If you’ve been keeping up with recent weather news, you may have seen that another massive cloud of red dust flowing off Africa’s coast is heading once again for the US (the first was in mid-June). Who will be impacted this time, and what can we expect when it arrives?
As another cloud of Saharan dust swirls across the Atlantic Ocean towards the southern U.S., one of NOAA’s newest models is providing more accurate forecasts of where the air quality impacts of the dust will be felt. Animation courtesy of NOAA Research.
Just as it sounds, a Sahara dust plume is a cloud of dust that’s blown from the Sahara Desert in Africa. It originates from the Saharan Air Layer (SAL)—a mass of very dry, dusty air which forms over the Sahara from late spring to early autumn. The west-to-east-blowing trade winds pick up hundreds of millions of tons of SAL sand and blow it off the west coast of Africa out into the Atlantic Ocean. Typically, the plume remains just offshore, but on occasion, it travels as far west as the Caribbean Sea and Gulf of Mexico—a distance of more than 5,000 miles.
This time around, NOAA says it is better prepared to offer advance warning for states in its path this time compared to June’s storm. NOAA’s model shows the cloud is destined for the Gulf of Mexico, with the smallest particles reaching southern Florida by around 5 a.m. Sunday, July 26th. The NOAA model predicts that through Tuesday, July 28th, the dust cloud targets the southern coasts of Georgia, Alabama, and Louisiana.
Does The US Normally Get Dust Storms?
When we think of dust storms, many of us think of them as historic events (e.g., the 1930s Dust Bowl) or blockbuster disaster films. But dust storms are very real and still occur today.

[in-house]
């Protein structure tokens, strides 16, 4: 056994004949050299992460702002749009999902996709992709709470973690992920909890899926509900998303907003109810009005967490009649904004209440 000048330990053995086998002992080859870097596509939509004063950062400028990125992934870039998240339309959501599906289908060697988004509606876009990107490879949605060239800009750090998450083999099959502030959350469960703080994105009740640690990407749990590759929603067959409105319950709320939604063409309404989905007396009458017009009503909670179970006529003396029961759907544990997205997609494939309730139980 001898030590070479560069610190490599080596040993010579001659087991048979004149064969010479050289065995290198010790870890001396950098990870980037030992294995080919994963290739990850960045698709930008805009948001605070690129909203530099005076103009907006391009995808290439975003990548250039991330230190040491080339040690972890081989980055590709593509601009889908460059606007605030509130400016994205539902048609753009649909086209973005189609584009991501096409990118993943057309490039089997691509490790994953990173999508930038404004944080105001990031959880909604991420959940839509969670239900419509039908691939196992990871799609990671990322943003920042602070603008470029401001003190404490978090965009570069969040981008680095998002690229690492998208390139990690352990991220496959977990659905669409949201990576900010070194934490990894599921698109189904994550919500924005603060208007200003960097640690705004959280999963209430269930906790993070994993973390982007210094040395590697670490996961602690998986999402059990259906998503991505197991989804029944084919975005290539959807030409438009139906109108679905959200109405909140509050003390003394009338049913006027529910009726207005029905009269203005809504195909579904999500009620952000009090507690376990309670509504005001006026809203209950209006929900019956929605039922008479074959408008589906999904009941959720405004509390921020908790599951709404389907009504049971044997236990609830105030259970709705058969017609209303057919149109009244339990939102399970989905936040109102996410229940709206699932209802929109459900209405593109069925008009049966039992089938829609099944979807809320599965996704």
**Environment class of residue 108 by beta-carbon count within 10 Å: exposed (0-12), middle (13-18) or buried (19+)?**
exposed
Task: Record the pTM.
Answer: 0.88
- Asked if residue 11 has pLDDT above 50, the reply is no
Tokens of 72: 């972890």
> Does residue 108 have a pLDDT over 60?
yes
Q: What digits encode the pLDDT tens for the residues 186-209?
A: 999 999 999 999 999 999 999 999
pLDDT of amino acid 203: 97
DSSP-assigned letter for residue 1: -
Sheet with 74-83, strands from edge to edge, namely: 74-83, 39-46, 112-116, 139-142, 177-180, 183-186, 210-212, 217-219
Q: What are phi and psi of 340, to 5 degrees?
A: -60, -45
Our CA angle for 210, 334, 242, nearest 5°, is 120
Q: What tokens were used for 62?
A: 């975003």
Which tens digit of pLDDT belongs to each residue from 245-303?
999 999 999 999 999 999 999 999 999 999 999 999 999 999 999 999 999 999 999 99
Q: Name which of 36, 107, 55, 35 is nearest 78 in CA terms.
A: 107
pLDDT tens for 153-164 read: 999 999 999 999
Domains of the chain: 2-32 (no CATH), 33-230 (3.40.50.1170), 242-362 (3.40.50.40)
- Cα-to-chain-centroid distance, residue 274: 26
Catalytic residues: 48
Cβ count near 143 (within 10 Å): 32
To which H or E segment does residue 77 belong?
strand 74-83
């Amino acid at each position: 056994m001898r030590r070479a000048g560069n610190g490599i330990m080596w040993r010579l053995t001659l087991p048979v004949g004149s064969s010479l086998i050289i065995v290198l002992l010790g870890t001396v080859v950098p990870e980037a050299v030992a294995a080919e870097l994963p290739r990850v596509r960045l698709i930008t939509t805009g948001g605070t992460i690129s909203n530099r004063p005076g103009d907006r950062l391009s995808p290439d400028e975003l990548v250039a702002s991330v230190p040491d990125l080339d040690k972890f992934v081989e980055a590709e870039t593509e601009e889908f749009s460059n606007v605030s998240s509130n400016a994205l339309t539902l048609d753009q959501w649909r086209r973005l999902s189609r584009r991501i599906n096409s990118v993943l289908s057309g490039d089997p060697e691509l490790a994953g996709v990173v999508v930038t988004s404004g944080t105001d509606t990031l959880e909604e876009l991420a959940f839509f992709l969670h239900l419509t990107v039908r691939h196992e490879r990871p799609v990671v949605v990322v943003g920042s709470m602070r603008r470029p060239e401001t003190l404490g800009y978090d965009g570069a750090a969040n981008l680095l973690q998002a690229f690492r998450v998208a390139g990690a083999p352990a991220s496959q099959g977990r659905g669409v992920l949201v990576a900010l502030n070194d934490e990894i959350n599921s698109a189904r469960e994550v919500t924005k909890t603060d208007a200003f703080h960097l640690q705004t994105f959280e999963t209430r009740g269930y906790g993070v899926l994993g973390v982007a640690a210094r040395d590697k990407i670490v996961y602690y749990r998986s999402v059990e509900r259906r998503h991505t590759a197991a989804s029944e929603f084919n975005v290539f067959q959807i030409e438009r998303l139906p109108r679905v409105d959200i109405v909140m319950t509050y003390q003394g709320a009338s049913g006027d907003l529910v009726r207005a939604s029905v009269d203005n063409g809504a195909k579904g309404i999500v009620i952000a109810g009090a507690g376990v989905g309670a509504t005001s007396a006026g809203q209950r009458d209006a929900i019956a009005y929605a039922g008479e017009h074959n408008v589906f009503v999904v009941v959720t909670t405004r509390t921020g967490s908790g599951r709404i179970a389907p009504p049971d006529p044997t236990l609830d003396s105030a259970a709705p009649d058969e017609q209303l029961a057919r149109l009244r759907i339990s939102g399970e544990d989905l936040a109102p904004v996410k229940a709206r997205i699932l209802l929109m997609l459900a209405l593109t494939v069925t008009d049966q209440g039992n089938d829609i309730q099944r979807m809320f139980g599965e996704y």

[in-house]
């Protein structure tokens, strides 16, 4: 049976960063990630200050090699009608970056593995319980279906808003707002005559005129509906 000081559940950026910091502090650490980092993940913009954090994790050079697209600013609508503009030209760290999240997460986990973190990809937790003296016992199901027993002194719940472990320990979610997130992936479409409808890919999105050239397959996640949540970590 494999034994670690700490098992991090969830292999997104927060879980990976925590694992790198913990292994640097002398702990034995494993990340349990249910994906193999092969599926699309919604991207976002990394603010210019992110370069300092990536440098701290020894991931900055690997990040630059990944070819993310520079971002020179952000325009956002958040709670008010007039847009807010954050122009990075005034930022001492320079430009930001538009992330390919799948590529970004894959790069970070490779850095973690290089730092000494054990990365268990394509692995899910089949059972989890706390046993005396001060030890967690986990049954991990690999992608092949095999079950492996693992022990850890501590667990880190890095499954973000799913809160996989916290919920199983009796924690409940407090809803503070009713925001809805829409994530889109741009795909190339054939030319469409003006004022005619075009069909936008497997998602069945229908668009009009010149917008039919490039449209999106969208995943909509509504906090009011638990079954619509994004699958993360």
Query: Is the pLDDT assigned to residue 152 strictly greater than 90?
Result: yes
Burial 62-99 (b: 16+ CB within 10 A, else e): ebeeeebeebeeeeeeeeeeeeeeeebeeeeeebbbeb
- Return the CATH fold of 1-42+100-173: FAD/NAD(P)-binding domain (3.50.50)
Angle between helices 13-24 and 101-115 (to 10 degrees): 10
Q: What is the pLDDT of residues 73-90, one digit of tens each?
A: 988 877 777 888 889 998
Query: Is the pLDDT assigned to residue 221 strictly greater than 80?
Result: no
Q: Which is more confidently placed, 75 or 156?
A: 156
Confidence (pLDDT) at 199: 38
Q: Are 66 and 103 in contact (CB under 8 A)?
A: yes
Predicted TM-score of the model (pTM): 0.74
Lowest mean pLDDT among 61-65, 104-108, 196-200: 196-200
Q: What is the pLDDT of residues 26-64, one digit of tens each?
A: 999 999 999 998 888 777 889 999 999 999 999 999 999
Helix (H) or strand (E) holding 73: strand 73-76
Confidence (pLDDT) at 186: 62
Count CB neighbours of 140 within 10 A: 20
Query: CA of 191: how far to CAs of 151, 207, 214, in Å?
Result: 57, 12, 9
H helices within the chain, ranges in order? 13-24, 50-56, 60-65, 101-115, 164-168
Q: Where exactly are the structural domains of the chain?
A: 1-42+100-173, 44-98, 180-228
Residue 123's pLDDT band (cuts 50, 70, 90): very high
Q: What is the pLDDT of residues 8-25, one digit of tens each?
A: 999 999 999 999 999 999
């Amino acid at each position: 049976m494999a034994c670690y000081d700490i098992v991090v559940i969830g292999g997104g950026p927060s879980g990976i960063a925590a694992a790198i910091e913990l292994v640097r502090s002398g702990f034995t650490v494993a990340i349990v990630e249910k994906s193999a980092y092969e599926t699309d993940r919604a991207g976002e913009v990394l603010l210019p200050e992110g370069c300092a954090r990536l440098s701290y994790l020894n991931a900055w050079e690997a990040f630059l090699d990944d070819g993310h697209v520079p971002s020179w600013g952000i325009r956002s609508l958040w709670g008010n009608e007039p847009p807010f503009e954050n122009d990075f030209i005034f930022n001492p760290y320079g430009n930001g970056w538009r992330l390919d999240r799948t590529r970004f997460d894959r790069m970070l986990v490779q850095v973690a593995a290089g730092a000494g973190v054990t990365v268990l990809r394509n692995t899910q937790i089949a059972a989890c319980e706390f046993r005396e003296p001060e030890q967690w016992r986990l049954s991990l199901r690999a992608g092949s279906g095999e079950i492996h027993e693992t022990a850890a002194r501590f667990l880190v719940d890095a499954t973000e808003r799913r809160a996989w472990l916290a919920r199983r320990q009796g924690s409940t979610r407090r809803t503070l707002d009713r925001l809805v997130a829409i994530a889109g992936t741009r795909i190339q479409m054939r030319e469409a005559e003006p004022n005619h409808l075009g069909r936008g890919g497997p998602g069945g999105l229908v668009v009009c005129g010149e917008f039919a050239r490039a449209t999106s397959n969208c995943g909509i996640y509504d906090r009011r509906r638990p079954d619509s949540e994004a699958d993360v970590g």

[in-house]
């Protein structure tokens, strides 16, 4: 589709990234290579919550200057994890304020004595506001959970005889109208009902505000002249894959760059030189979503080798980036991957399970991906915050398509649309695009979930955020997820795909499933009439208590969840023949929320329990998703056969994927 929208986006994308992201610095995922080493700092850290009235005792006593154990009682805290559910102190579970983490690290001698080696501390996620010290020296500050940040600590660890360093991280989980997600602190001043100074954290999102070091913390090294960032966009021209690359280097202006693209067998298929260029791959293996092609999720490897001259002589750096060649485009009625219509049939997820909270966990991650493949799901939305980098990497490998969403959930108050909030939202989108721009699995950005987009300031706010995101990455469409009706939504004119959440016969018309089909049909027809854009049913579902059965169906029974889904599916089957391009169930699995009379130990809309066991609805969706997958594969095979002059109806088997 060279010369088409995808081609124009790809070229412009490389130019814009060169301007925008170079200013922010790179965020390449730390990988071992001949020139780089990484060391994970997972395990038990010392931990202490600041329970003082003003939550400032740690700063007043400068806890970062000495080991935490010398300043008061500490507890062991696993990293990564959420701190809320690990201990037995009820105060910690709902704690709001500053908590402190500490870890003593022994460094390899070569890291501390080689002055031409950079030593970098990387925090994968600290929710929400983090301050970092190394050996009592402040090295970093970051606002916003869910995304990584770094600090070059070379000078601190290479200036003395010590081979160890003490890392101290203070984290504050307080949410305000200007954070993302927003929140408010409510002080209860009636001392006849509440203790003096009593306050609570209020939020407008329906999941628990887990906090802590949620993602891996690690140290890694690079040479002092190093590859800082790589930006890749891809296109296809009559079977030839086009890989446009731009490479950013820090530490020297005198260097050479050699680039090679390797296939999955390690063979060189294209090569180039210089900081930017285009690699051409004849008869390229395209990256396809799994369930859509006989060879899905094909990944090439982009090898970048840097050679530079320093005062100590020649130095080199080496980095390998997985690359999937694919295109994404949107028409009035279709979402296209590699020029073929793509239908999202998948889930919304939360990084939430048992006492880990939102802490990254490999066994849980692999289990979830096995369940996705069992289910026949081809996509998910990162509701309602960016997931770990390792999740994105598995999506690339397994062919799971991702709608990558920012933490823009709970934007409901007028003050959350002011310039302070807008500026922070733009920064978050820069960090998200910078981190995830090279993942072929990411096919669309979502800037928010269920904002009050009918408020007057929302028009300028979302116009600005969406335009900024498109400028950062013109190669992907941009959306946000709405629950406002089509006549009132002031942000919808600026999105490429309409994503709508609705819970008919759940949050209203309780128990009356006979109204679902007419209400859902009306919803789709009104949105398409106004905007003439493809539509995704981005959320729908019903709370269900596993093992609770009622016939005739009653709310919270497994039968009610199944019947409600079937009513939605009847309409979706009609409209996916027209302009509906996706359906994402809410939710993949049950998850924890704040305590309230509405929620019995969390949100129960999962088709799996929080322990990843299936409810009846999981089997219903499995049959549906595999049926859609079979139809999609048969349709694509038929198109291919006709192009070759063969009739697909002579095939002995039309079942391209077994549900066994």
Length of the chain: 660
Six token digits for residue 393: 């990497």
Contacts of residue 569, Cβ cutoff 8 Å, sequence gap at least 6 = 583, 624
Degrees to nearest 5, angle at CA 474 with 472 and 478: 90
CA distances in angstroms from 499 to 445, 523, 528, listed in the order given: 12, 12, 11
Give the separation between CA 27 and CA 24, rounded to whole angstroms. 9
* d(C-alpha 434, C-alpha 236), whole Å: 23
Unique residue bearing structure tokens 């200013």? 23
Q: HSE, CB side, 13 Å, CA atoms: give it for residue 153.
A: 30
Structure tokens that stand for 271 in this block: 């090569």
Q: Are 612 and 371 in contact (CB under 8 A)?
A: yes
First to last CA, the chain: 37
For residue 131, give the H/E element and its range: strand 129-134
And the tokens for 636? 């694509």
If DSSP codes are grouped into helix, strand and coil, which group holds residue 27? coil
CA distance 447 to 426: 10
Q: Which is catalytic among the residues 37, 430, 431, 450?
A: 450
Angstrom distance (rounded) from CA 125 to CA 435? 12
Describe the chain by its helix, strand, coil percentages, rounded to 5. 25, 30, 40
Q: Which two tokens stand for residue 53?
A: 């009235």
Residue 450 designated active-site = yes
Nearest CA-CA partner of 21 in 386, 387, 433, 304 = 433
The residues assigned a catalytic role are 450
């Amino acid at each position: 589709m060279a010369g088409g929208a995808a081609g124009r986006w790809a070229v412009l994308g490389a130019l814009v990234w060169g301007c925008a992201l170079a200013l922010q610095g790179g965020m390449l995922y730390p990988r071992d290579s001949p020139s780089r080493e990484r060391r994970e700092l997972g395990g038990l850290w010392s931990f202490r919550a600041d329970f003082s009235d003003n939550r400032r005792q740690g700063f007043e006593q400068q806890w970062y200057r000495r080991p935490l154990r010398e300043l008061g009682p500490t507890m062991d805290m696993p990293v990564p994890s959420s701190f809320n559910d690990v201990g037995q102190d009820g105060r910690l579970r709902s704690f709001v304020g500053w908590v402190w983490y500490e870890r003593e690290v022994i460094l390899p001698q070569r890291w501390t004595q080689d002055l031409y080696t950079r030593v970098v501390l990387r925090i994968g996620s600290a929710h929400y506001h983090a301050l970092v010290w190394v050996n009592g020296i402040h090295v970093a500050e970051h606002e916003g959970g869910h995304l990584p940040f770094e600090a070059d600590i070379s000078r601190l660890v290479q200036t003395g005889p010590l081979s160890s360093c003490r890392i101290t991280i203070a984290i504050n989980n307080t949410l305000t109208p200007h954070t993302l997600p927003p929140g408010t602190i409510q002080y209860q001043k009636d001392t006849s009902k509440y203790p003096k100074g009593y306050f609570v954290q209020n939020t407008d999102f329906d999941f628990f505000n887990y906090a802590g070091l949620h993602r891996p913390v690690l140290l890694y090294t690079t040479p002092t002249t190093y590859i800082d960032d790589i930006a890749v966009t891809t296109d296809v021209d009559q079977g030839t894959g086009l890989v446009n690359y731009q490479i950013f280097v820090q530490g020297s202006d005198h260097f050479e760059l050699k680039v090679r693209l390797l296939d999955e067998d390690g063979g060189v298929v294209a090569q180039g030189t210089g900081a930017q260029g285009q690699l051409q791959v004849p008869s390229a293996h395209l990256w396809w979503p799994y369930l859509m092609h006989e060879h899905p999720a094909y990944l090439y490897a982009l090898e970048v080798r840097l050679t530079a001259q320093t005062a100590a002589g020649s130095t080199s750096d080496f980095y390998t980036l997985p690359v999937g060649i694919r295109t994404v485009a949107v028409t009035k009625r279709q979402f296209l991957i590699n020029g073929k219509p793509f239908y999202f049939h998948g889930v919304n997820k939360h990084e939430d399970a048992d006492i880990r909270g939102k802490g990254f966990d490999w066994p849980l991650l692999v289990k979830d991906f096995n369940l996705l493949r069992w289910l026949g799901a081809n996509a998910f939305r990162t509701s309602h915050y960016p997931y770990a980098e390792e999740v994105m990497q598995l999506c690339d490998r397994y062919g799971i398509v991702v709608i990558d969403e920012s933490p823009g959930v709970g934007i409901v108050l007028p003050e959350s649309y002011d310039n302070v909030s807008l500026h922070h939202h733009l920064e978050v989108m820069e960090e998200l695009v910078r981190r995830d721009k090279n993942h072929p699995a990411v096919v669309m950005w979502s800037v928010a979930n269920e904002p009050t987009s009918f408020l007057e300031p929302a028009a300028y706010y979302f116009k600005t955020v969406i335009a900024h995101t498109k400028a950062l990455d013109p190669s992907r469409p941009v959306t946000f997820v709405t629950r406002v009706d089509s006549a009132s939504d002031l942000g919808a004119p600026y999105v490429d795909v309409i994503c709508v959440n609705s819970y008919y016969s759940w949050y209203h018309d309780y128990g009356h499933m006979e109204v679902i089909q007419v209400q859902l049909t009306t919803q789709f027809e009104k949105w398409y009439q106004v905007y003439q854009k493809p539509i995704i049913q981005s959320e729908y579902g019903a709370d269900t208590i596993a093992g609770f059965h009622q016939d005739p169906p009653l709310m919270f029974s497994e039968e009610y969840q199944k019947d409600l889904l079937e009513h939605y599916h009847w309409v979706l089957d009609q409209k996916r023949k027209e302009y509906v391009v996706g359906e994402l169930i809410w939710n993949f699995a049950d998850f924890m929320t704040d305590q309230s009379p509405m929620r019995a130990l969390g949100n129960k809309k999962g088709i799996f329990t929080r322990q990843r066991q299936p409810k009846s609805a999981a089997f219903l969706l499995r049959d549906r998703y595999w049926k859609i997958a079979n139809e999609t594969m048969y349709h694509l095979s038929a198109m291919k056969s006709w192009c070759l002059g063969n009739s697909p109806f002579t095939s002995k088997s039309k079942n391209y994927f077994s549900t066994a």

Haboobs are one type of dust storm that occur a few times a year in hot, dry US states like Arizona and Texas. But the United States’ largest dust events don’t come from U.S. borders at all—they originate from the Sahara Desert in Africa.
Saharan Dust = Decrease in Hurricanes
Notice a similarity between these plumes and Atlantic hurricanes? They both occur in similar seasons and follow similar paths toward the United States. This is actually bad news for hurricanes since tropical cyclones need moist air and calm winds in able to grow—two things Sahara dust plumes lack. If a dust layer hangs around, it could help defend against tropical activity.
Dusty weather isn’t something most folks experience very often, so preparing for it can be puzzling.
What To Expect From This Dust Storm
1. Expect Hazy Skies
With billions of tiny dust particles (from the faraway Sahara Desert!) suspended in the air, don’t be surprised if the sky looks slightly milky in color.
2. Check Local Air Quality Forecast
While dust plumes are fascinating, keep in mind that the dirt, dust, and sand they bring is a form of (temporary) air pollution. Breathing in these particles can be unhealthy, especially for those with asthma or other respiratory illnesses. By monitoring your daily air quality index, you’ll know when it is and isn’t safe to spend time outdoors.
3. Beware of “Blood” Rains
Areas that see the thickest clouds of dust and that also have a chance of rain in the forecast could experience blood rains—orange, brown, or red rainfall whose water is tinged by dust’s color.
4. Beware of Toxic “Red Tides”
As Saharan dust passes over oceans and lakes it can trigger harmful algal blooms. Algae in these bodies of water eat the iron-rich dust and multiply or “bloom” at exponential rates. These algal blooms or “red tides” can kill fish and cause skin and respiratory problems in humans.
5. Enjoy Stunning Sunrises & Sunsets
Not everything about Sahara dust plumes is hazardous. As sunlight filters through dust-laden skies, sunrises and sunsets will produce some of the most brilliant orange, red, and pink skies you’ll ever see, so be sure to get your camera ready!
To keep track of the Saharan dust plume in real time, visit NASA’s Earth Observatory website, for updated reports, or check out the the Colorado State University’s Cooperative Institute for Research in the Atmosphere (CIRA) website. Their real-time tool lets you zoom in, overlay various data points, and even change the playback speed.